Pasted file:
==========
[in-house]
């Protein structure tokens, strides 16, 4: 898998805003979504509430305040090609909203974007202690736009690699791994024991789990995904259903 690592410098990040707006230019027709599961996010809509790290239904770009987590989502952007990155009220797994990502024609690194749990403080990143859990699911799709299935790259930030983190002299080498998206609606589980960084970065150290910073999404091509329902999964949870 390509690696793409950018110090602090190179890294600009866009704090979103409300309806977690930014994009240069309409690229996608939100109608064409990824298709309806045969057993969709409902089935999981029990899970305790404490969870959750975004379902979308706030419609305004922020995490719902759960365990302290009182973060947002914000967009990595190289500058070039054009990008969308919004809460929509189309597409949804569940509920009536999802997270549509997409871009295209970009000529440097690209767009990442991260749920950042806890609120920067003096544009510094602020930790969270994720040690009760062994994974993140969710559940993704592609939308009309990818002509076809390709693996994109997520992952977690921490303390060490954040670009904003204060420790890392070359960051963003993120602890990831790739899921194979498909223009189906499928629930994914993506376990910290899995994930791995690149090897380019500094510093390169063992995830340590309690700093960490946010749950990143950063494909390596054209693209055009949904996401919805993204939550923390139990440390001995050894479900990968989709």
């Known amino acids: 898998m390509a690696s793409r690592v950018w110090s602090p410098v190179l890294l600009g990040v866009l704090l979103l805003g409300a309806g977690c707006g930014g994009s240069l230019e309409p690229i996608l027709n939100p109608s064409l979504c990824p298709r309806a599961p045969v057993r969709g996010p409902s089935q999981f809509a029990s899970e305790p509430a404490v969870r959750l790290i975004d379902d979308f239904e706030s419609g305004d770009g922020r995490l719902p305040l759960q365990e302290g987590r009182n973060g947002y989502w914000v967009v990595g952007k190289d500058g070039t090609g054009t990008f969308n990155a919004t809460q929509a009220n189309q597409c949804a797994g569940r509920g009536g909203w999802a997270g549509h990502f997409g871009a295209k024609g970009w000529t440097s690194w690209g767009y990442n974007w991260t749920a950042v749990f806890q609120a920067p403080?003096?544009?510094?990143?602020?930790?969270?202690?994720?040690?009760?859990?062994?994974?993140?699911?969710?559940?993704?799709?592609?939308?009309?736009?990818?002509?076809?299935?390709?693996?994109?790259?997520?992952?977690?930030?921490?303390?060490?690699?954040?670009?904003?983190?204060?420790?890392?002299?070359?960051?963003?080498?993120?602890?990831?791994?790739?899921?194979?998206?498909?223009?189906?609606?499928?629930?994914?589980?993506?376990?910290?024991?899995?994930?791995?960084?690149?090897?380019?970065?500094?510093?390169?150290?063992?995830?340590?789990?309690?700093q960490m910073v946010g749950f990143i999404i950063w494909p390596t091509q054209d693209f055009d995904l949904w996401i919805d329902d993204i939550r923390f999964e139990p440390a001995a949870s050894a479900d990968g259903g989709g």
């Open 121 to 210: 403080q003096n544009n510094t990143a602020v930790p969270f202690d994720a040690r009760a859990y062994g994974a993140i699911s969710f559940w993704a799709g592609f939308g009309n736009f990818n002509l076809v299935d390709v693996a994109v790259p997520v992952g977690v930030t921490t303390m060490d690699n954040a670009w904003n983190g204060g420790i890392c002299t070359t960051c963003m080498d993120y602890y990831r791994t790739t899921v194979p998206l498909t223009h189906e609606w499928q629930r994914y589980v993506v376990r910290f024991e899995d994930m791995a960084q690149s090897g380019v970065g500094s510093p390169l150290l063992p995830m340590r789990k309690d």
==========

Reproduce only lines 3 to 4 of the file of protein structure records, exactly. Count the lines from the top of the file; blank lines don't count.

């Known amino acids: 898998m390509a690696s793409r690592v950018w110090s602090p410098v190179l890294l600009g990040v866009l704090l979103l805003g409300a309806g977690c707006g930014g994009s240069l230019e309409p690229i996608l027709n939100p109608s064409l979504c990824p298709r309806a599961p045969v057993r969709g996010p409902s089935q999981f809509a029990s899970e305790p509430a404490v969870r959750l790290i975004d379902d979308f239904e706030s419609g305004d770009g922020r995490l719902p305040l759960q365990e302290g987590r009182n973060g947002y989502w914000v967009v990595g952007k190289d500058g070039t090609g054009t990008f969308n990155a919004t809460q929509a009220n189309q597409c949804a797994g569940r509920g009536g909203w999802a997270g549509h990502f997409g871009a295209k024609g970009w000529t440097s690194w690209g767009y990442n974007w991260t749920a950042v749990f806890q609120a920067p403080?003096?544009?510094?990143?602020?930790?969270?202690?994720?040690?009760?859990?062994?994974?993140?699911?969710?559940?993704?799709?592609?939308?009309?736009?990818?002509?076809?299935?390709?693996?994109?790259?997520?992952?977690?930030?921490?303390?060490?690699?954040?670009?904003?983190?204060?420790?890392?002299?070359?960051?963003?080498?993120?602890?990831?791994?790739?899921?194979?998206?498909?223009?189906?609606?499928?629930?994914?589980?993506?376990?910290?024991?899995?994930?791995?960084?690149?090897?380019?970065?500094?510093?390169?150290?063992?995830?340590?789990?309690?700093q960490m910073v946010g749950f990143i999404i950063w494909p390596t091509q054209d693209f055009d995904l949904w996401i919805d329902d993204i939550r923390f999964e139990p440390a001995a949870s050894a479900d990968g259903g989709g």
């Open 121 to 210: 403080q003096n544009n510094t990143a602020v930790p969270f202690d994720a040690r009760a859990y062994g994974a993140i699911s969710f559940w993704a799709g592609f939308g009309n736009f990818n002509l076809v299935d390709v693996a994109v790259p997520v992952g977690v930030t921490t303390m060490d690699n954040a670009w904003n983190g204060g420790i890392c002299t070359t960051c963003m080498d993120y602890y990831r791994t790739t899921v194979p998206l498909t223009h189906e609606w499928q629930r994914y589980v993506v376990r910290f024991e899995d994930m791995a960084q690149s090897g380019v970065g500094s510093p390169l150290l063992p995830m340590r789990k309690d």